...that made screencasting as a qualitative formative assessment tool successful. Though some of things may seem obvious, I'm proud to say that these findings are actually research-based. I'll share external elements and factors in a separate post, and a third category of findings about teacher's changed beliefs on formative assessment when using screencasting with students.
This is the most exciting finding for me. Students who were engaged in the process of creating screencast representations of understanding played back recordings, listened to and watched themselves, and made revisions and adjustments without the teachers ever prompting them to engage in this reflective and revisionary task.
Guided Independent Work
When students were planning, designing, recording, or listening to their screencast artifacts, the teachers were free to move about the classrooms or workspaces, and check in and provide individual guidance for every student. Some students needed more face-to-face time than others, but the media artifacts allowed the teacher to see where all student were, regardless of having a face-to-face check in or not in a given class.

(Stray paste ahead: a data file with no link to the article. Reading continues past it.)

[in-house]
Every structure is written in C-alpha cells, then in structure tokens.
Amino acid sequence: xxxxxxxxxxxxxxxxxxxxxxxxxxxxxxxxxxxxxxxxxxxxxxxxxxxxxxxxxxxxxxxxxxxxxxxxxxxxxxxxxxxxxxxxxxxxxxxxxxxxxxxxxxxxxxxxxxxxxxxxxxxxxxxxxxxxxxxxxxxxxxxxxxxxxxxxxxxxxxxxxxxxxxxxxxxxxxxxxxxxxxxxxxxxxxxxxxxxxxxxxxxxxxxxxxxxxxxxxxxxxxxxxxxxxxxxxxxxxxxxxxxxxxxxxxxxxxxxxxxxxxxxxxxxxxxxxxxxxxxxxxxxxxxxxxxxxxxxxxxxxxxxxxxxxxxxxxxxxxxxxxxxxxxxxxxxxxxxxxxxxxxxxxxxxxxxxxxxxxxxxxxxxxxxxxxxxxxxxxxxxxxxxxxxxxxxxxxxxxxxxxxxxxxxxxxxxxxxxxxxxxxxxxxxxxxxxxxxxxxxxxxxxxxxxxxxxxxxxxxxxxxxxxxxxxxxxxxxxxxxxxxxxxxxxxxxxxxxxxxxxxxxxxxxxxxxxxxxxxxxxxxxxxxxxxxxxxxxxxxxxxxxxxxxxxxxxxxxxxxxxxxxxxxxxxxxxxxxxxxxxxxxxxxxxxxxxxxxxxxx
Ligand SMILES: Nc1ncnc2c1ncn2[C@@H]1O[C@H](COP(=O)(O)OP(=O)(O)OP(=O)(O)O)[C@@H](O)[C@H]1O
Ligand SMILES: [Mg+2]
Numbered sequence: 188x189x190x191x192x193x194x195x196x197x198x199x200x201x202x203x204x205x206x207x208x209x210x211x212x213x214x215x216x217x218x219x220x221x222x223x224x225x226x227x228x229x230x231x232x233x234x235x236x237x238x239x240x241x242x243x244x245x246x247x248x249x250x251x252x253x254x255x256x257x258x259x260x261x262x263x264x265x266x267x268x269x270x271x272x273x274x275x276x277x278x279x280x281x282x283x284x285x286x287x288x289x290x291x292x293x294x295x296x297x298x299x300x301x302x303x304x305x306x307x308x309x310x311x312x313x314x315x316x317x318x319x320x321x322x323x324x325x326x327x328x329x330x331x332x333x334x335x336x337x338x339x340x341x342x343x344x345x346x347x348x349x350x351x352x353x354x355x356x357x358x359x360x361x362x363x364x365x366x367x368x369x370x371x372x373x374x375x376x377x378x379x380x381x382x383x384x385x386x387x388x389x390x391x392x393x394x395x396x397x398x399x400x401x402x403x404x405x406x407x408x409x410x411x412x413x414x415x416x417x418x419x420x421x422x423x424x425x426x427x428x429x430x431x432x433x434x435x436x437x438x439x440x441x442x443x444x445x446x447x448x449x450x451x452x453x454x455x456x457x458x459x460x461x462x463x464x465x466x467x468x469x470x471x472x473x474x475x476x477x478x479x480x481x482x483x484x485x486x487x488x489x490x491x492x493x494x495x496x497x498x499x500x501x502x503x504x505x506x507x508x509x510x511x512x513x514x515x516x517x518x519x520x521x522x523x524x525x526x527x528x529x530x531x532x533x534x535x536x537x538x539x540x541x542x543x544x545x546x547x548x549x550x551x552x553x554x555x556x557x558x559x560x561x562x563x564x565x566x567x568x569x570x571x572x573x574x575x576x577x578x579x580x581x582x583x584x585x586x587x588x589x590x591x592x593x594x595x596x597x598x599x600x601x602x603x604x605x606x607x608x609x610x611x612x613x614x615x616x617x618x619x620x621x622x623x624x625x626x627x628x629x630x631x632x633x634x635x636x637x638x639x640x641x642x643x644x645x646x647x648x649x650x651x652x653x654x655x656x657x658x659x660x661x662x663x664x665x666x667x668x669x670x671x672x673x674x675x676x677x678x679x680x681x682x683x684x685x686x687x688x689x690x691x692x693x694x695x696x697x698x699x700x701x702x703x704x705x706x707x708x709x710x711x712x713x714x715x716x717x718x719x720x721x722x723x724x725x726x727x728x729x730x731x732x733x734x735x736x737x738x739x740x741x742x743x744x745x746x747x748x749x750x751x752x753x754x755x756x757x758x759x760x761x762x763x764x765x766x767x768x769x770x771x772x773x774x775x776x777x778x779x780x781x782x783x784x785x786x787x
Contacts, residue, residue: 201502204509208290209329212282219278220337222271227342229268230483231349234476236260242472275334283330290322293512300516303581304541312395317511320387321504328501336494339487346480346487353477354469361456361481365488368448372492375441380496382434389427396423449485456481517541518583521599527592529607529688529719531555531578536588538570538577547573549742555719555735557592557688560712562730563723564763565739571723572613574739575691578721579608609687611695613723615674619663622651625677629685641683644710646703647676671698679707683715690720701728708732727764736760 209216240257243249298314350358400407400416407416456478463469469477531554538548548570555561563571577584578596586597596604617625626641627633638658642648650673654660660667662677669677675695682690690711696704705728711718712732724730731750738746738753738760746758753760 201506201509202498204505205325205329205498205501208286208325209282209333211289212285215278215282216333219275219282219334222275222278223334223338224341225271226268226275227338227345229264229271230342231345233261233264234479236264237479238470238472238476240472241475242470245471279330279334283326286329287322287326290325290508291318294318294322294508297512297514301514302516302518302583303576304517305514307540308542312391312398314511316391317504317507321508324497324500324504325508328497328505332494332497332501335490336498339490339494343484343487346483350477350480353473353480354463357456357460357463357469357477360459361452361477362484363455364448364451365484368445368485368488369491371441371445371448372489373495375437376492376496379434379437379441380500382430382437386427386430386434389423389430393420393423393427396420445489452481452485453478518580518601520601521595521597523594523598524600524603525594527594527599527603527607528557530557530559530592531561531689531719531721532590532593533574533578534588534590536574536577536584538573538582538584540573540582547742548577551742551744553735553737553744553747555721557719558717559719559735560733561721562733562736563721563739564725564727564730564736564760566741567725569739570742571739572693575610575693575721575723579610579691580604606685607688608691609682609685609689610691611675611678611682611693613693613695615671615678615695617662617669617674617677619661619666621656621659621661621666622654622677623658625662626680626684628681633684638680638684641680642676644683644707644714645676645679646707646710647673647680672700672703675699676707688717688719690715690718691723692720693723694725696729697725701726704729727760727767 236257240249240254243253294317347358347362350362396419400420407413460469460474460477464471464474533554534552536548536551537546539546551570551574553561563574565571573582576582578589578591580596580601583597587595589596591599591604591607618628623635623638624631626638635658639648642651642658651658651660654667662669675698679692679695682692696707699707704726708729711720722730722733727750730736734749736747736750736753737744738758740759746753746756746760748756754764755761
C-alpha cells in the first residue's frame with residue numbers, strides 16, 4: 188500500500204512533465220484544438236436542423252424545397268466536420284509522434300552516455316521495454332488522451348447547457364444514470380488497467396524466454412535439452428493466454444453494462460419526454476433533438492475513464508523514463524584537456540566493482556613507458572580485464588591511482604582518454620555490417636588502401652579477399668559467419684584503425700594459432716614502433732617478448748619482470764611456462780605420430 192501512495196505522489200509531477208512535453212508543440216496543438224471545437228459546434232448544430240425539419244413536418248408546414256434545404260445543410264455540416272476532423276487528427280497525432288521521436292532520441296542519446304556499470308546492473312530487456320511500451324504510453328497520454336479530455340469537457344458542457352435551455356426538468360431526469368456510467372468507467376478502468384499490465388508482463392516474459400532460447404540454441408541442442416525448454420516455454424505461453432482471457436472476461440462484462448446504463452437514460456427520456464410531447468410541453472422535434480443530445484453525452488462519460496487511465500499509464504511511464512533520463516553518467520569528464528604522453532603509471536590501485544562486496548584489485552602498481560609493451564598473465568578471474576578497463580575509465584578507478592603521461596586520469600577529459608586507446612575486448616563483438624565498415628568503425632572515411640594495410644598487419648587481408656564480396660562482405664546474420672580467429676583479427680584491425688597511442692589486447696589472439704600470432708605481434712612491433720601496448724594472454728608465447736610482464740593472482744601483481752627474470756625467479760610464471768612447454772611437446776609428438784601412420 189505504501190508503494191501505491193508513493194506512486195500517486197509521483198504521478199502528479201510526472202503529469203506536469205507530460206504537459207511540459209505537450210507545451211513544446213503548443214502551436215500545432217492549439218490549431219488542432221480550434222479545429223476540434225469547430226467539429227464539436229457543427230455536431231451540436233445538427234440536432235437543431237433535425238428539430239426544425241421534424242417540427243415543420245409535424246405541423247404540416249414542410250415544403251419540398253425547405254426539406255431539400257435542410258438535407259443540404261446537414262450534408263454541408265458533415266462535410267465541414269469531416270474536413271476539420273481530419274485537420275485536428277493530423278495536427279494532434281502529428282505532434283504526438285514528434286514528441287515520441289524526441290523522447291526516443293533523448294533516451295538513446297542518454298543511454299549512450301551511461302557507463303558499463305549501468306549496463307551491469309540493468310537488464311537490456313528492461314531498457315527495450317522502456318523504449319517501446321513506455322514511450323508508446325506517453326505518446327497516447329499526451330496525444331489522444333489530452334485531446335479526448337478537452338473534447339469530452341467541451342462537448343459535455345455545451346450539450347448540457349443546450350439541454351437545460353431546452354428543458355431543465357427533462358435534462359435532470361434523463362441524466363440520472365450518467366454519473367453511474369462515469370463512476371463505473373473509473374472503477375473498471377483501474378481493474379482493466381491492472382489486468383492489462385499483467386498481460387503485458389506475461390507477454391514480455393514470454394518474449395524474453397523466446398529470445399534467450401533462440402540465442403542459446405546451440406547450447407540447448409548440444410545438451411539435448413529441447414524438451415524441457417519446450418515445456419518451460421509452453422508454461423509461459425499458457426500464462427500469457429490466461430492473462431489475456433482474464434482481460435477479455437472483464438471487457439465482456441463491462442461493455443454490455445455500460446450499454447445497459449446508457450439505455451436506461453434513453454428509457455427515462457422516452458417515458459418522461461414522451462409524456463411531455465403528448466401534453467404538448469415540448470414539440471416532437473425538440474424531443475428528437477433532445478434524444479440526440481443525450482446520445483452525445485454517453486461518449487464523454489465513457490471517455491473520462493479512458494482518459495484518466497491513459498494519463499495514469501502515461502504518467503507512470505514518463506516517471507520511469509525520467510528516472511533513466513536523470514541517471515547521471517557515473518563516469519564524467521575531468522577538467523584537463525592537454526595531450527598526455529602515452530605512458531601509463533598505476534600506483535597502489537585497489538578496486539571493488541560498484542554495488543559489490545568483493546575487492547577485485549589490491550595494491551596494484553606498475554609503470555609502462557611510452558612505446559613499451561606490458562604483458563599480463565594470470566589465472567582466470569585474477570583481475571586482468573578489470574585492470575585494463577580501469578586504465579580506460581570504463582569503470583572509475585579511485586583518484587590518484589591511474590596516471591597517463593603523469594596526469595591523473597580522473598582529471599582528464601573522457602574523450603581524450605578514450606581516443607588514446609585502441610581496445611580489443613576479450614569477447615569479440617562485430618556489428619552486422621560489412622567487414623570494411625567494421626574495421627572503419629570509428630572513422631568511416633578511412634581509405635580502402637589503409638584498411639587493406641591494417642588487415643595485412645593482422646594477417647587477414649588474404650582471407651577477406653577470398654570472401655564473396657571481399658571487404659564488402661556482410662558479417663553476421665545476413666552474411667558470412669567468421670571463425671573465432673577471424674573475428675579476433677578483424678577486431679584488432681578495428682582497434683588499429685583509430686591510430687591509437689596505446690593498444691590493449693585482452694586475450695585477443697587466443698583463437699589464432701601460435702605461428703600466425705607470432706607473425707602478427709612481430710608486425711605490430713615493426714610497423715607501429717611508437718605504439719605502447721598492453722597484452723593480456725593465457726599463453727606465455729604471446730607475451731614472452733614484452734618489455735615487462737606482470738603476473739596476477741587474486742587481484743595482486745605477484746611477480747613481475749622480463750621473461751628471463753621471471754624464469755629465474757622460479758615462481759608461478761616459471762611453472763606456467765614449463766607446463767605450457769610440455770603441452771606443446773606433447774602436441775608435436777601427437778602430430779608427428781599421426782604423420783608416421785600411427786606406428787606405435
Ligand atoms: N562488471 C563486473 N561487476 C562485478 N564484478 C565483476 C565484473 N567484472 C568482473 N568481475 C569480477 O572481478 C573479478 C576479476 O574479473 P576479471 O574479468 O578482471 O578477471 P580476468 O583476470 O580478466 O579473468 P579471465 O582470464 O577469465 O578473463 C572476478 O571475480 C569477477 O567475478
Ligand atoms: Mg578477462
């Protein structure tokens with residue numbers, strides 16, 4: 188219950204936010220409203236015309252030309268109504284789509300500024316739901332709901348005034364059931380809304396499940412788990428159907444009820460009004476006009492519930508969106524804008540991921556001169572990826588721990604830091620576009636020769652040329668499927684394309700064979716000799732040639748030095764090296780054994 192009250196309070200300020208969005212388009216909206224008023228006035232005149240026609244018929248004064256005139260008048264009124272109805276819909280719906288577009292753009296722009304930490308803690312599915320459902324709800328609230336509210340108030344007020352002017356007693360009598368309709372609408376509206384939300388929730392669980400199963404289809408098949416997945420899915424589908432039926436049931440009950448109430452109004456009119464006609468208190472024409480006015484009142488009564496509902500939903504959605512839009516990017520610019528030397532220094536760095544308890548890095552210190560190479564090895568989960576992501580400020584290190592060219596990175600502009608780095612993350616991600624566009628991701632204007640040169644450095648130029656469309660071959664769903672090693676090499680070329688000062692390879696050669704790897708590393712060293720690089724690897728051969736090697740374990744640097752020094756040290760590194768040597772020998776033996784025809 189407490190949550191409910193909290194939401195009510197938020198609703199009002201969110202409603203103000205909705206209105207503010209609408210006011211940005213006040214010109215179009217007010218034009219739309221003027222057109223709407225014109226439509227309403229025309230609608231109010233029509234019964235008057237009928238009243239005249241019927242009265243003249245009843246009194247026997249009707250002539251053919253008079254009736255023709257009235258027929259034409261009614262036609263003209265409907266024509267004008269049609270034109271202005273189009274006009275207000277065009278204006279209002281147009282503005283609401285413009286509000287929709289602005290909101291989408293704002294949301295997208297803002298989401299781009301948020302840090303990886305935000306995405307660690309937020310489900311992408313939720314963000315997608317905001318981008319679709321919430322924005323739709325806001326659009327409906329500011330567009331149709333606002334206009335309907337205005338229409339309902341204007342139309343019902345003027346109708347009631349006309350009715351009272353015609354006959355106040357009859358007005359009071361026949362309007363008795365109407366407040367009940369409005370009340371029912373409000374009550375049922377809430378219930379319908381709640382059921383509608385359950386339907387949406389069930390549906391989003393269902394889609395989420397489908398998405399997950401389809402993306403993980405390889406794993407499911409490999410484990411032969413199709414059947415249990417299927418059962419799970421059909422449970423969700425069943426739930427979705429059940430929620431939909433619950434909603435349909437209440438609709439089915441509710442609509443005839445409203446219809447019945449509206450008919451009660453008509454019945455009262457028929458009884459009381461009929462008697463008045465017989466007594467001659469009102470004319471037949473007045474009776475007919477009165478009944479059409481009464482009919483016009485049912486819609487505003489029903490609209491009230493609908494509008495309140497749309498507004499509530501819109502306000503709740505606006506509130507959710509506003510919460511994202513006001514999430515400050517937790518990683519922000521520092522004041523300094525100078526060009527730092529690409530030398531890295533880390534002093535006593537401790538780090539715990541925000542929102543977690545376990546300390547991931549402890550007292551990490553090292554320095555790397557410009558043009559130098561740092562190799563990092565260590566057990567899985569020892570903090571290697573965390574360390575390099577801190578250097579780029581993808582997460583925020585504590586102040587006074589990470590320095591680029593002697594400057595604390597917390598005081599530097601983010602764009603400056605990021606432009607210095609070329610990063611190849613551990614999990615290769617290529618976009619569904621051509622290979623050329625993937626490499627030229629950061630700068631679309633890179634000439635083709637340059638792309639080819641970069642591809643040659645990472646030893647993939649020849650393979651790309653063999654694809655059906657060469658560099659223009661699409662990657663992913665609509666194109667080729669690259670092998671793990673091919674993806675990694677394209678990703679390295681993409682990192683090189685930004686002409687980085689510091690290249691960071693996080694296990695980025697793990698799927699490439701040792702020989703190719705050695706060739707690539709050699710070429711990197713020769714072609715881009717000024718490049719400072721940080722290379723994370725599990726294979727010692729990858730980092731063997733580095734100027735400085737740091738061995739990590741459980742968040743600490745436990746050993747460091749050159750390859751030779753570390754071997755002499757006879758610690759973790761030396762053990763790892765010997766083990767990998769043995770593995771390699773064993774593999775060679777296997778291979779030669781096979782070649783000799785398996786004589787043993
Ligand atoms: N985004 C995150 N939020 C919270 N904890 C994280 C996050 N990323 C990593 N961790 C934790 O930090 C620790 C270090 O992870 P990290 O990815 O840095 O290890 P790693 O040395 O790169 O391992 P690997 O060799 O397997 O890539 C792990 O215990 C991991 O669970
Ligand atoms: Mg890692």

Diminishing Novelty, Continued Engagement
The use of any screenacsting software and hardware brings a certain amount of novelty to any learning environment. However, when students were using the technology over a extended period of time (2-3) weeks, the novelty diminished but the observable engagement and enthusiasm did not. The teachers gave students authentic tasks and timely feedback, and they also permitted students to vary how they used the tool for their work.
Desire to Make it Work
This probably falls the most under the category of 'Obviously,' but in all of the cases the participating teachers' professionalism, constructivist learning tendencies, and genuine care for the students played a role in making screencasting a formative assessment tool.
Header photo by Robert S. Donovan